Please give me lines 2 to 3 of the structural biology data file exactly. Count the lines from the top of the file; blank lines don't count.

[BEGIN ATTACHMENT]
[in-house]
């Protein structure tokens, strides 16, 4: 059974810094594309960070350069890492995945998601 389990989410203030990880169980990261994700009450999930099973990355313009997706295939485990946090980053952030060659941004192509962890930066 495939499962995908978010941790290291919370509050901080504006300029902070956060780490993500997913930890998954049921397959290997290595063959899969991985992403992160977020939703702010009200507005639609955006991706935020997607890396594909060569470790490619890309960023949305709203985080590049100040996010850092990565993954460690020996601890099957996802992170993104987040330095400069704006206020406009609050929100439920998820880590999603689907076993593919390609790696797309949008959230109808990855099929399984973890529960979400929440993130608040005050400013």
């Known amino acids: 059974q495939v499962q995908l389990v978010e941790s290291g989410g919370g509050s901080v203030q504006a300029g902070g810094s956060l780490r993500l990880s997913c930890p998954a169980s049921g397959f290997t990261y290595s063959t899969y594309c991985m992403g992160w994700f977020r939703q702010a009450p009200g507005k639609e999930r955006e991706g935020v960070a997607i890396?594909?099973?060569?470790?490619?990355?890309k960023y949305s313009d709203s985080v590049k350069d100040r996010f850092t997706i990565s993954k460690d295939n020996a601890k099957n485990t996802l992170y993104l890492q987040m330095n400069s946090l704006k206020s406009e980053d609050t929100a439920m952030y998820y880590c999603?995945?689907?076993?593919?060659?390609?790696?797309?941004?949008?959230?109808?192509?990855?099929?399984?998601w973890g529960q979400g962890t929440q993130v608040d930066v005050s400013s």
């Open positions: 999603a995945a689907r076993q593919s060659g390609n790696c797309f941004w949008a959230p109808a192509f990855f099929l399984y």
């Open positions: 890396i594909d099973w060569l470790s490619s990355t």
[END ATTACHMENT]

């Protein structure tokens, strides 16, 4: 059974810094594309960070350069890492995945998601 389990989410203030990880169980990261994700009450999930099973990355313009997706295939485990946090980053952030060659941004192509962890930066 495939499962995908978010941790290291919370509050901080504006300029902070956060780490993500997913930890998954049921397959290997290595063959899969991985992403992160977020939703702010009200507005639609955006991706935020997607890396594909060569470790490619890309960023949305709203985080590049100040996010850092990565993954460690020996601890099957996802992170993104987040330095400069704006206020406009609050929100439920998820880590999603689907076993593919390609790696797309949008959230109808990855099929399984973890529960979400929440993130608040005050400013």
């Known amino acids: 059974q495939v499962q995908l389990v978010e941790s290291g989410g919370g509050s901080v203030q504006a300029g902070g810094s956060l780490r993500l990880s997913c930890p998954a169980s049921g397959f290997t990261y290595s063959t899969y594309c991985m992403g992160w994700f977020r939703q702010a009450p009200g507005k639609e999930r955006e991706g935020v960070a997607i890396?594909?099973?060569?470790?490619?990355?890309k960023y949305s313009d709203s985080v590049k350069d100040r996010f850092t997706i990565s993954k460690d295939n020996a601890k099957n485990t996802l992170y993104l890492q987040m330095n400069s946090l704006k206020s406009e980053d609050t929100a439920m952030y998820y880590c999603?995945?689907?076993?593919?060659?390609?790696?797309?941004?949008?959230?109808?192509?990855?099929?399984?998601w973890g529960q979400g962890t929440q993130v608040d930066v005050s400013s």